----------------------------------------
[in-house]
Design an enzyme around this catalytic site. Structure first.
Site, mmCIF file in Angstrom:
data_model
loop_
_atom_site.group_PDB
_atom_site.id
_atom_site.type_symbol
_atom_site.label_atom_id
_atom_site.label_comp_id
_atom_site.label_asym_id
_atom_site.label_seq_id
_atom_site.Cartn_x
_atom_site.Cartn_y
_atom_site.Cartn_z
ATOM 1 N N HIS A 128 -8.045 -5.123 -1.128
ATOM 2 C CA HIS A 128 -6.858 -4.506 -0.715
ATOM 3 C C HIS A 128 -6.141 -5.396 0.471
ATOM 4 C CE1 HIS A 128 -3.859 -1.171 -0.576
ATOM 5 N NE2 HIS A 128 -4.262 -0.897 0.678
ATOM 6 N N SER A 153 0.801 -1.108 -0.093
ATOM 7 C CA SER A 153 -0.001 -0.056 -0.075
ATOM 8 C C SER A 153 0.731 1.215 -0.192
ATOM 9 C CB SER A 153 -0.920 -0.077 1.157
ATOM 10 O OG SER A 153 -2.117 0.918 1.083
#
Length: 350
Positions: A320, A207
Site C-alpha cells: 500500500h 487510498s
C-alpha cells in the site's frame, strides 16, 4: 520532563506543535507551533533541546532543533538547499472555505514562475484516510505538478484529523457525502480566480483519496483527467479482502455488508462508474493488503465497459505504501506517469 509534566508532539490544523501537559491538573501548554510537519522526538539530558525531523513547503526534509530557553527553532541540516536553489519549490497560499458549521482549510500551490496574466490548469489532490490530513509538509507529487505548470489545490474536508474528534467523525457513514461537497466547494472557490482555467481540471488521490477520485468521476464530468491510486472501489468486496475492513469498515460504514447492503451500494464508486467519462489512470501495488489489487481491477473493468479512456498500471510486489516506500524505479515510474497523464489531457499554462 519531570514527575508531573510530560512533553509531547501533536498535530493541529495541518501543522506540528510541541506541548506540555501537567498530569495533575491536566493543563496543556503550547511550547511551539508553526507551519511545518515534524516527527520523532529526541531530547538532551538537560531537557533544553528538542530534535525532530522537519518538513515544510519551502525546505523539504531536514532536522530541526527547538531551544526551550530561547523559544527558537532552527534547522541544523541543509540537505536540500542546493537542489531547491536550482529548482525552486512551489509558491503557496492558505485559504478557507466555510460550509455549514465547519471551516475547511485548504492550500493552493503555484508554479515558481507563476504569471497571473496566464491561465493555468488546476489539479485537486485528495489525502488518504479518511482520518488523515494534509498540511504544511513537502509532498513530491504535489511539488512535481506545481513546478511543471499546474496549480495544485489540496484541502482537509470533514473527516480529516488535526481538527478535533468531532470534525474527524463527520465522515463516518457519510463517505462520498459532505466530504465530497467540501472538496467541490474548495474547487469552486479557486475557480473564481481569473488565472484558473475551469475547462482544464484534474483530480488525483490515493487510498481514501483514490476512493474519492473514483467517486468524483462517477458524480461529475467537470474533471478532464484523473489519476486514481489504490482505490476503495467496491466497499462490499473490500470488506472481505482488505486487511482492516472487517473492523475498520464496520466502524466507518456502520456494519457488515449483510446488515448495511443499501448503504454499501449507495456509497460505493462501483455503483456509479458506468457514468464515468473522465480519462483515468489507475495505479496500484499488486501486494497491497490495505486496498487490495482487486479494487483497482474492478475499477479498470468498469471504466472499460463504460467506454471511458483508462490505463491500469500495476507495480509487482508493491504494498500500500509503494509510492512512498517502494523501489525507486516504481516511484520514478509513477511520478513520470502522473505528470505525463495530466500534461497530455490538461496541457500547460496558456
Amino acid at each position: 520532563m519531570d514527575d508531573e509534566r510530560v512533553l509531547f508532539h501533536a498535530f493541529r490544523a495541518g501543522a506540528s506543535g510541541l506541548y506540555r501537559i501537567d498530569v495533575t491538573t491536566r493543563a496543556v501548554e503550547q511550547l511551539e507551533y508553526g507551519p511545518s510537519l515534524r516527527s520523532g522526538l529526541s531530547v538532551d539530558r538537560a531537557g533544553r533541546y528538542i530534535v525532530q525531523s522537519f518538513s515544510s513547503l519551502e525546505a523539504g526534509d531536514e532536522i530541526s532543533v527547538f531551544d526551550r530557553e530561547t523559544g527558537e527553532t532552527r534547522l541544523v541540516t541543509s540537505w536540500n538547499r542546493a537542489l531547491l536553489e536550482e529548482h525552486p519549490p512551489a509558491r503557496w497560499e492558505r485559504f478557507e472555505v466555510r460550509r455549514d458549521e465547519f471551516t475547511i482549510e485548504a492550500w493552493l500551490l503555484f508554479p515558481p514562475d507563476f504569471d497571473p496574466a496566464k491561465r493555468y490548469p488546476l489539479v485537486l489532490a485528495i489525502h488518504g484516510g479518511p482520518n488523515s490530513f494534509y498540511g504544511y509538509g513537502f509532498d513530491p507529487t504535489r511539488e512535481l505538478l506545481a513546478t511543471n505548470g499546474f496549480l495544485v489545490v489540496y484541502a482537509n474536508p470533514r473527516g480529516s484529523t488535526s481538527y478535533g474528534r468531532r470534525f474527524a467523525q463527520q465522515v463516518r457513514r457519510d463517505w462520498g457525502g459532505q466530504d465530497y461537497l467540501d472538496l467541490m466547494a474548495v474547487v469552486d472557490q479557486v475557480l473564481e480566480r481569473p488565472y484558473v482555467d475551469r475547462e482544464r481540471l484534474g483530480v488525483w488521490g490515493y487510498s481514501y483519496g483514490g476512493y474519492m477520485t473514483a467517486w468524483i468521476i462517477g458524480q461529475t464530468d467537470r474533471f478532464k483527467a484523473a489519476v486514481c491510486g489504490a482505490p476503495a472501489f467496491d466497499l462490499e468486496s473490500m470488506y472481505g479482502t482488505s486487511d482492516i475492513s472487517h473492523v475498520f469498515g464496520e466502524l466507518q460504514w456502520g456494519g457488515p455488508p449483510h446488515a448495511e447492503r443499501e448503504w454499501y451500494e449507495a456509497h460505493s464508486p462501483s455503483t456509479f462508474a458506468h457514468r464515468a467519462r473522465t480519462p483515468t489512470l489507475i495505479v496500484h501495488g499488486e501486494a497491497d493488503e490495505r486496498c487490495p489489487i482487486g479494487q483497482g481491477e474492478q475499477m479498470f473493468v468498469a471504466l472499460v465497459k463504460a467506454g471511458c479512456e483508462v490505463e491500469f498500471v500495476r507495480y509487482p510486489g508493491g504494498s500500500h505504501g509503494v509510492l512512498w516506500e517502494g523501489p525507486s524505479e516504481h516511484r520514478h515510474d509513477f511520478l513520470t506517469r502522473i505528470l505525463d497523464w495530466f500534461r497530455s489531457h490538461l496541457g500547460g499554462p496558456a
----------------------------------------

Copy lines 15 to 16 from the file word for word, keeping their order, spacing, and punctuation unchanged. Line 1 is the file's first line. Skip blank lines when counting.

_atom_site.Cartn_z
ATOM 1 N N HIS A 128 -8.045 -5.123 -1.128